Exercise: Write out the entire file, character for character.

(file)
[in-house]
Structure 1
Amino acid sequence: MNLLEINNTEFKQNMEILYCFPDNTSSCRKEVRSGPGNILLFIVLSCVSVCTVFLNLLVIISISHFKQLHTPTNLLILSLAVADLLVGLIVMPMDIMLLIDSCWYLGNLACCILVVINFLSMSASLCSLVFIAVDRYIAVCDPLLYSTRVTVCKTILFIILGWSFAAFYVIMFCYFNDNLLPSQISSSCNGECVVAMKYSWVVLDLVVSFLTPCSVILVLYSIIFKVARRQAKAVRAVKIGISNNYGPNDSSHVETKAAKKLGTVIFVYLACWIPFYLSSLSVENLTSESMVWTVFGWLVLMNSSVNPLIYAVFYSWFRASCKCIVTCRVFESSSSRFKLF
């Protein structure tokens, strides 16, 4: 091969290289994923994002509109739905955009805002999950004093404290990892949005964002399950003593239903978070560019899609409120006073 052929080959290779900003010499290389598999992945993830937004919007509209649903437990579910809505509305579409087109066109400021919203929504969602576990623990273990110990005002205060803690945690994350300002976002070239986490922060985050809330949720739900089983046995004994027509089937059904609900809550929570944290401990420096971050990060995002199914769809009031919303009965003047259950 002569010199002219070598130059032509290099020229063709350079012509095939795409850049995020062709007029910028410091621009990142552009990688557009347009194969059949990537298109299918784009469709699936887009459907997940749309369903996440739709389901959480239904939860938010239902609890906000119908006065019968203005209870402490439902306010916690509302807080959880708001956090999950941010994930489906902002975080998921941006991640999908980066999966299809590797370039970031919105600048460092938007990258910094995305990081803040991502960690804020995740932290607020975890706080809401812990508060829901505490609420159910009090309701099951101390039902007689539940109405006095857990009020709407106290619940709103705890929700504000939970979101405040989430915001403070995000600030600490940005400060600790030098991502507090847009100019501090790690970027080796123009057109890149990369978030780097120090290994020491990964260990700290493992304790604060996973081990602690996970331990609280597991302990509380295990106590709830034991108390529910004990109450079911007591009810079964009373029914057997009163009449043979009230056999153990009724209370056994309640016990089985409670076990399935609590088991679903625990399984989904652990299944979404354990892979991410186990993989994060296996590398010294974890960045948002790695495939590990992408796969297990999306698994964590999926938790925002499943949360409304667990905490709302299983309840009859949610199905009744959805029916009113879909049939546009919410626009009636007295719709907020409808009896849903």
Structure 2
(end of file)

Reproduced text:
[in-house]
Structure 1
Amino acid sequence: MNLLEINNTEFKQNMEILYCFPDNTSSCRKEVRSGPGNILLFIVLSCVSVCTVFLNLLVIISISHFKQLHTPTNLLILSLAVADLLVGLIVMPMDIMLLIDSCWYLGNLACCILVVINFLSMSASLCSLVFIAVDRYIAVCDPLLYSTRVTVCKTILFIILGWSFAAFYVIMFCYFNDNLLPSQISSSCNGECVVAMKYSWVVLDLVVSFLTPCSVILVLYSIIFKVARRQAKAVRAVKIGISNNYGPNDSSHVETKAAKKLGTVIFVYLACWIPFYLSSLSVENLTSESMVWTVFGWLVLMNSSVNPLIYAVFYSWFRASCKCIVTCRVFESSSSRFKLF
């Protein structure tokens, strides 16, 4: 091969290289994923994002509109739905955009805002999950004093404290990892949005964002399950003593239903978070560019899609409120006073 052929080959290779900003010499290389598999992945993830937004919007509209649903437990579910809505509305579409087109066109400021919203929504969602576990623990273990110990005002205060803690945690994350300002976002070239986490922060985050809330949720739900089983046995004994027509089937059904609900809550929570944290401990420096971050990060995002199914769809009031919303009965003047259950 002569010199002219070598130059032509290099020229063709350079012509095939795409850049995020062709007029910028410091621009990142552009990688557009347009194969059949990537298109299918784009469709699936887009459907997940749309369903996440739709389901959480239904939860938010239902609890906000119908006065019968203005209870402490439902306010916690509302807080959880708001956090999950941010994930489906902002975080998921941006991640999908980066999966299809590797370039970031919105600048460092938007990258910094995305990081803040991502960690804020995740932290607020975890706080809401812990508060829901505490609420159910009090309701099951101390039902007689539940109405006095857990009020709407106290619940709103705890929700504000939970979101405040989430915001403070995000600030600490940005400060600790030098991502507090847009100019501090790690970027080796123009057109890149990369978030780097120090290994020491990964260990700290493992304790604060996973081990602690996970331990609280597991302990509380295990106590709830034991108390529910004990109450079911007591009810079964009373029914057997009163009449043979009230056999153990009724209370056994309640016990089985409670076990399935609590088991679903625990399984989904652990299944979404354990892979991410186990993989994060296996590398010294974890960045948002790695495939590990992408796969297990999306698994964590999926938790925002499943949360409304667990905490709302299983309840009859949610199905009744959805029916009113879909049939546009919410626009009636007295719709907020409808009896849903």
Structure 2